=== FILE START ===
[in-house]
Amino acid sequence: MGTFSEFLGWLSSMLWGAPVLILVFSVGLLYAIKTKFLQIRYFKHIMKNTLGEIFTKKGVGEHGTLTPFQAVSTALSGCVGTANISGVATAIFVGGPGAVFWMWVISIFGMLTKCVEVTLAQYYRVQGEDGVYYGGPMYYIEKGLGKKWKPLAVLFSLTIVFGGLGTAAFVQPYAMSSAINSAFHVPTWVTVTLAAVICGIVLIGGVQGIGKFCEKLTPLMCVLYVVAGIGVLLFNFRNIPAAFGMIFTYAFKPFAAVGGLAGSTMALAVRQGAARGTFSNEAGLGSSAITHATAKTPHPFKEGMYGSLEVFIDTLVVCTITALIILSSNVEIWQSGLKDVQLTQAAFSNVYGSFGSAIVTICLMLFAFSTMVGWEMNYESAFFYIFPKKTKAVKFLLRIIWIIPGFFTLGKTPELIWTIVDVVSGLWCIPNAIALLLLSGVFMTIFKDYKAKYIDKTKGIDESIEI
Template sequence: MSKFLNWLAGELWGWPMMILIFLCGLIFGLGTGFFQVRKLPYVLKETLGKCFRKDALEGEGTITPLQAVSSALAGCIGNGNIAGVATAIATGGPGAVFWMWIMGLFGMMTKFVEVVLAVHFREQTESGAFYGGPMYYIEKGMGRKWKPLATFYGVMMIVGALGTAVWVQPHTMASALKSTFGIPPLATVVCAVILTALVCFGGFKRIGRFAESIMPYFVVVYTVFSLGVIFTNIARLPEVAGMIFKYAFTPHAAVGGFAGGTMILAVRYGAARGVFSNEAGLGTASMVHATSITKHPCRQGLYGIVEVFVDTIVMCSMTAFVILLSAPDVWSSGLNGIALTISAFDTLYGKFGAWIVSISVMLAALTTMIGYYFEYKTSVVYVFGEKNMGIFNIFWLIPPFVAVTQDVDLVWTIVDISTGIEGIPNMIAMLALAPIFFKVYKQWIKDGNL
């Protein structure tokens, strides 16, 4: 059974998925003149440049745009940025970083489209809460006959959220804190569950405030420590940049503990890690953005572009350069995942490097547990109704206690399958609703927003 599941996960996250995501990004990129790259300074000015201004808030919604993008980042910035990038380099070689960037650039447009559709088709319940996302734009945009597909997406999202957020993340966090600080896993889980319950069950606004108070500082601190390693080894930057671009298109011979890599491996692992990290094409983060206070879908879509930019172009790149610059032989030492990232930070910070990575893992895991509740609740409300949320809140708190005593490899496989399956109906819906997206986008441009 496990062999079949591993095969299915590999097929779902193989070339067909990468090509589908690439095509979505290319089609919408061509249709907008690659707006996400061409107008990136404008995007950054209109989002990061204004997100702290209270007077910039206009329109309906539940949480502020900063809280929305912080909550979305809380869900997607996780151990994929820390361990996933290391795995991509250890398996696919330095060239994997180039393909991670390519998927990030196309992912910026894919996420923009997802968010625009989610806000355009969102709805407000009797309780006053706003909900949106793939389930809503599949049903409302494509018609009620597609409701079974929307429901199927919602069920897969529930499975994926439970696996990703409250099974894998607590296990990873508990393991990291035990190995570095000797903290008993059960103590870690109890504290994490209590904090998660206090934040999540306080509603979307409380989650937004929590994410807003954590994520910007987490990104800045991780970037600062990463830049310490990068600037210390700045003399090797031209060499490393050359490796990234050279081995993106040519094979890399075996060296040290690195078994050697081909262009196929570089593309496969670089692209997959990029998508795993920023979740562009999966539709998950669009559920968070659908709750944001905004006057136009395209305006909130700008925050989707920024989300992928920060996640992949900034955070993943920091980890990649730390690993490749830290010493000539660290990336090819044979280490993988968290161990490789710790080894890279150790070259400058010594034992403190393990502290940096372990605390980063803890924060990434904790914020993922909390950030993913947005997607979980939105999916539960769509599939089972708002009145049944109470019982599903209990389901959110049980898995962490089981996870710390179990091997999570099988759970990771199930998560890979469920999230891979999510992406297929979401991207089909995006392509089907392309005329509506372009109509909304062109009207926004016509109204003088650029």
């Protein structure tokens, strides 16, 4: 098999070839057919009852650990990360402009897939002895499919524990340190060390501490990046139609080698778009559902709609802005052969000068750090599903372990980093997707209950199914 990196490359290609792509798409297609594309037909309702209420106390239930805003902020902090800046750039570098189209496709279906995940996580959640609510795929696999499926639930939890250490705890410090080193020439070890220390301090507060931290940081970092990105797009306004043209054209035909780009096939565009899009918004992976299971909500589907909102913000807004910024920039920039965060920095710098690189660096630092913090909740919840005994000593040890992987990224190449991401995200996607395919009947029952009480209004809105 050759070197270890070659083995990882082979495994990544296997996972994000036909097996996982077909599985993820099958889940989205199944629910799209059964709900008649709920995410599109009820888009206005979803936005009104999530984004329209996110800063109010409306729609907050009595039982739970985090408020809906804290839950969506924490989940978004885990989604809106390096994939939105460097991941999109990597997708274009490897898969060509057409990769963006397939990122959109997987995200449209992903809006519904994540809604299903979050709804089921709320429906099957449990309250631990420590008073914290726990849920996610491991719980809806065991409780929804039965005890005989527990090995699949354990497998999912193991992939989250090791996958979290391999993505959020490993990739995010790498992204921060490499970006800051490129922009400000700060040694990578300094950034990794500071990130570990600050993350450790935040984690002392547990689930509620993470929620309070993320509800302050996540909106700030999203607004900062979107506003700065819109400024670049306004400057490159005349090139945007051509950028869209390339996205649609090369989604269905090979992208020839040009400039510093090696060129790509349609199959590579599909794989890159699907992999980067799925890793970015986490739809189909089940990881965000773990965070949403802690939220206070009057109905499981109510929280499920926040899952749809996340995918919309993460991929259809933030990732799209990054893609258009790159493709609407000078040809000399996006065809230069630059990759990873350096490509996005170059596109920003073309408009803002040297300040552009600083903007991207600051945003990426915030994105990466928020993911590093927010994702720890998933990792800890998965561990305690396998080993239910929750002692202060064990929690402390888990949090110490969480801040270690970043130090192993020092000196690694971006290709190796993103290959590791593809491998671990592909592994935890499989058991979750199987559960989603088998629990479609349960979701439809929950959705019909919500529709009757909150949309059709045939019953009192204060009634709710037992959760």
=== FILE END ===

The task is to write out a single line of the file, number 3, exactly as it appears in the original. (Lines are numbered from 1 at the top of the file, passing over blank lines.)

Template sequence: MSKFLNWLAGELWGWPMMILIFLCGLIFGLGTGFFQVRKLPYVLKETLGKCFRKDALEGEGTITPLQAVSSALAGCIGNGNIAGVATAIATGGPGAVFWMWIMGLFGMMTKFVEVVLAVHFREQTESGAFYGGPMYYIEKGMGRKWKPLATFYGVMMIVGALGTAVWVQPHTMASALKSTFGIPPLATVVCAVILTALVCFGGFKRIGRFAESIMPYFVVVYTVFSLGVIFTNIARLPEVAGMIFKYAFTPHAAVGGFAGGTMILAVRYGAARGVFSNEAGLGTASMVHATSITKHPCRQGLYGIVEVFVDTIVMCSMTAFVILLSAPDVWSSGLNGIALTISAFDTLYGKFGAWIVSISVMLAALTTMIGYYFEYKTSVVYVFGEKNMGIFNIFWLIPPFVAVTQDVDLVWTIVDISTGIEGIPNMIAMLALAPIFFKVYKQWIKDGNL